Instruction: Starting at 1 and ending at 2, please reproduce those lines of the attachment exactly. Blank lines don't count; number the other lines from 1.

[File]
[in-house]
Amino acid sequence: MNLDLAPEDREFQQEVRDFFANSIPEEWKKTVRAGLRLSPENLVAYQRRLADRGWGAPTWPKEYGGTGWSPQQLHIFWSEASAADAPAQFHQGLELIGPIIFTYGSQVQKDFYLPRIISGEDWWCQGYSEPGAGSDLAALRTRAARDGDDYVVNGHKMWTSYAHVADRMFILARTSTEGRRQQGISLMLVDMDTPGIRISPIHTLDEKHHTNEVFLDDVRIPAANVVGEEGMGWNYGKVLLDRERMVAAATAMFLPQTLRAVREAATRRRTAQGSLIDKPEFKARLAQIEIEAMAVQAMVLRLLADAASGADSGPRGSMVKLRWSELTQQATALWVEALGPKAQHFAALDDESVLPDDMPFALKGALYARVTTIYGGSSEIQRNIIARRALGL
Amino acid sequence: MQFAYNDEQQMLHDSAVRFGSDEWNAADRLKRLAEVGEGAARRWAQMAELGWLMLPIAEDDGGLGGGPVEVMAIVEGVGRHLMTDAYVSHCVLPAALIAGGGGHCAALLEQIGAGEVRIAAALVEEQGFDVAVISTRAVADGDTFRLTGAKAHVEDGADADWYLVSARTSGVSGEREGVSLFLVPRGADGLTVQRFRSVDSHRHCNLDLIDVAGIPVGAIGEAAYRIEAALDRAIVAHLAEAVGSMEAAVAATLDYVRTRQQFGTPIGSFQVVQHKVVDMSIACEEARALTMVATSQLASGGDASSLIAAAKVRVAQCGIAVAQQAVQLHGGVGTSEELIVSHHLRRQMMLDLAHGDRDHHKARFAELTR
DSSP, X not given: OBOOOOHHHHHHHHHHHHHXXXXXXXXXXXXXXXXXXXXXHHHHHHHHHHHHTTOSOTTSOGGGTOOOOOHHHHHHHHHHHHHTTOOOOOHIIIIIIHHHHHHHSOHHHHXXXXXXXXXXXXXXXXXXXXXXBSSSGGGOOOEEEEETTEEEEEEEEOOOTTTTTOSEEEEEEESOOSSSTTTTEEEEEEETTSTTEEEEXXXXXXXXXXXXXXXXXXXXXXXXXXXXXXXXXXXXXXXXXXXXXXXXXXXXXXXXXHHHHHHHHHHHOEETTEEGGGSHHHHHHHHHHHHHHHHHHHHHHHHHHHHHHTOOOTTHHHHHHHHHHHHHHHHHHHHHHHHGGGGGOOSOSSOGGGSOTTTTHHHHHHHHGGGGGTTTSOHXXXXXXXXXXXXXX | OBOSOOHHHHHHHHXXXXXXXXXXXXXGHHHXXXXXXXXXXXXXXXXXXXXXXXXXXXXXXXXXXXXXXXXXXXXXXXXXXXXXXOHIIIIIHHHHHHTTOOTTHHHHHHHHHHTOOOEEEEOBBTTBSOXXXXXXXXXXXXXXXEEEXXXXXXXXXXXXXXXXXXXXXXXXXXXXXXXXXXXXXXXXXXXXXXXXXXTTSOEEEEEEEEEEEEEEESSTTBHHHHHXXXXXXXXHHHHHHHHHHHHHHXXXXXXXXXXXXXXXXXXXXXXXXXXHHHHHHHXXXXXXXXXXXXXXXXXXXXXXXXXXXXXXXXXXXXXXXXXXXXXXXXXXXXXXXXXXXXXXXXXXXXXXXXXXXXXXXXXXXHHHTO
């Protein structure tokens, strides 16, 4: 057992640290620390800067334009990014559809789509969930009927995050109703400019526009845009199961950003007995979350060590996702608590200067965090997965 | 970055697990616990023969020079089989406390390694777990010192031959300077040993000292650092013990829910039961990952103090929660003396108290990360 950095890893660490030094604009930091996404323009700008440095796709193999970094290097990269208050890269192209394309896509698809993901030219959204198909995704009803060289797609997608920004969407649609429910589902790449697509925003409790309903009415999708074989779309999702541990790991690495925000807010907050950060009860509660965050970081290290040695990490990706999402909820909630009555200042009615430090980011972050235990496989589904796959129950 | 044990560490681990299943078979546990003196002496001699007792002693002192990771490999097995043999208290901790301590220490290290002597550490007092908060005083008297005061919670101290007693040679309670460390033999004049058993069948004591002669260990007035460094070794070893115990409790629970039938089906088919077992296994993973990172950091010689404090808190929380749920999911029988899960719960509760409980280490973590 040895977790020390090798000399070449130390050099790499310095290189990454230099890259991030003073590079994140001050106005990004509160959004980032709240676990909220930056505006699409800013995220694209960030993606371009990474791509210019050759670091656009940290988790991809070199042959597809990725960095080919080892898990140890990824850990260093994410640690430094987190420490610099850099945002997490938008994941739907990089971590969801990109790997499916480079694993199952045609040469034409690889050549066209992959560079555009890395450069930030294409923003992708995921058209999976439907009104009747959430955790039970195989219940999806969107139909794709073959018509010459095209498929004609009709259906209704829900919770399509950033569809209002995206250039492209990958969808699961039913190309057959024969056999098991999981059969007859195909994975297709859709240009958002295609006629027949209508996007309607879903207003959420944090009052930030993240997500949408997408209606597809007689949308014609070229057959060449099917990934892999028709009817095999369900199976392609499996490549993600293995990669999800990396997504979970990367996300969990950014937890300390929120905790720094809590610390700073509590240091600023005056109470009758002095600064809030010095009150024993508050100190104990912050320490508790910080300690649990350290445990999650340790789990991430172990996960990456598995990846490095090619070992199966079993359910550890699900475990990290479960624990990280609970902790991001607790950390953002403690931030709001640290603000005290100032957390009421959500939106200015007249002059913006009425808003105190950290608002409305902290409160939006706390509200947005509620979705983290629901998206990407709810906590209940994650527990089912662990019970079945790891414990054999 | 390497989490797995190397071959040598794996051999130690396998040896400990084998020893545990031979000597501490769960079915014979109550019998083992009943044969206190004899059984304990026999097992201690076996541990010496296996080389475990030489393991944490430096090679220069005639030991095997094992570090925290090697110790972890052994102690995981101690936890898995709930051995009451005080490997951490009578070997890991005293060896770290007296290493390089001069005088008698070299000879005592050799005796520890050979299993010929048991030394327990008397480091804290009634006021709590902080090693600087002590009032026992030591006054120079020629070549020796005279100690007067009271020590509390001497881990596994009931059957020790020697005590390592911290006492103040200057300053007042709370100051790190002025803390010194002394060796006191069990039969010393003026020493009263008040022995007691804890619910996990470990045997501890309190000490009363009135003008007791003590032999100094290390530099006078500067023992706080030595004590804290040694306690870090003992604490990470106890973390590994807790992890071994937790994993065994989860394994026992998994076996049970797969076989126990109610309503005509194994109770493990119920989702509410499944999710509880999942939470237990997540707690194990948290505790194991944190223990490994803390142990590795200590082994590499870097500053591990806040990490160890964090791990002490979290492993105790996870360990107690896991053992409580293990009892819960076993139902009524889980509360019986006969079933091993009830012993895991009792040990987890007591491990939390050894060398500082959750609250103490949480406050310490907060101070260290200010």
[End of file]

[in-house]
Amino acid sequence: MNLDLAPEDREFQQEVRDFFANSIPEEWKKTVRAGLRLSPENLVAYQRRLADRGWGAPTWPKEYGGTGWSPQQLHIFWSEASAADAPAQFHQGLELIGPIIFTYGSQVQKDFYLPRIISGEDWWCQGYSEPGAGSDLAALRTRAARDGDDYVVNGHKMWTSYAHVADRMFILARTSTEGRRQQGISLMLVDMDTPGIRISPIHTLDEKHHTNEVFLDDVRIPAANVVGEEGMGWNYGKVLLDRERMVAAATAMFLPQTLRAVREAATRRRTAQGSLIDKPEFKARLAQIEIEAMAVQAMVLRLLADAASGADSGPRGSMVKLRWSELTQQATALWVEALGPKAQHFAALDDESVLPDDMPFALKGALYARVTTIYGGSSEIQRNIIARRALGL